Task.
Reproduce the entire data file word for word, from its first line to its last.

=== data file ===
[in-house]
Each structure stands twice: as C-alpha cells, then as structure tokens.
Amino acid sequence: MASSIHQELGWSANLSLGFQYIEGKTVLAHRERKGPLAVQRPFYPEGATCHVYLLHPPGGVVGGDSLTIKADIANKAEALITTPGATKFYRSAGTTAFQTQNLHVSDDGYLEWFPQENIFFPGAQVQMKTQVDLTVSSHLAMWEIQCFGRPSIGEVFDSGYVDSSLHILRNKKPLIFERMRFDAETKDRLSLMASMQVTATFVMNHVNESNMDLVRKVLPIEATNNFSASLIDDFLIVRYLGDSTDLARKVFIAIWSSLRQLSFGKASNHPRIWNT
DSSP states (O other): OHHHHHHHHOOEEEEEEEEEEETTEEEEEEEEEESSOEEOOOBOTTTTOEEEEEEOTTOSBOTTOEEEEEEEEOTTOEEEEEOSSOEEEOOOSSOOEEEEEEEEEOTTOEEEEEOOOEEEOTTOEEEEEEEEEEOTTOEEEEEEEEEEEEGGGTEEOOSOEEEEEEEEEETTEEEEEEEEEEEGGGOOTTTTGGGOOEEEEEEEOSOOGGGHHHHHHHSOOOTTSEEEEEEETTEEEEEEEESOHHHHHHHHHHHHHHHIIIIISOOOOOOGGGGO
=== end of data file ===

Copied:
[in-house]
Each structure stands twice: as C-alpha cells, then as structure tokens.
Amino acid sequence: MASSIHQELGWSANLSLGFQYIEGKTVLAHRERKGPLAVQRPFYPEGATCHVYLLHPPGGVVGGDSLTIKADIANKAEALITTPGATKFYRSAGTTAFQTQNLHVSDDGYLEWFPQENIFFPGAQVQMKTQVDLTVSSHLAMWEIQCFGRPSIGEVFDSGYVDSSLHILRNKKPLIFERMRFDAETKDRLSLMASMQVTATFVMNHVNESNMDLVRKVLPIEATNNFSASLIDDFLIVRYLGDSTDLARKVFIAIWSSLRQLSFGKASNHPRIWNT
DSSP states (O other): OHHHHHHHHOOEEEEEEEEEEETTEEEEEEEEEESSOEEOOOBOTTTTOEEEEEEOTTOSBOTTOEEEEEEEEOTTOEEEEEOSSOEEEOOOSSOOEEEEEEEEEOTTOEEEEEOOOEEEOTTOEEEEEEEEEEOTTOEEEEEEEEEEEEGGGTEEOOSOEEEEEEEEEETTEEEEEEEEEEEGGGOOTTTTGGGOOEEEEEEEOSOOGGGHHHHHHHSOOOTTSEEEEEEETTEEEEEEEESOHHHHHHHHHHHHHHHIIIIISOOOOOOGGGGO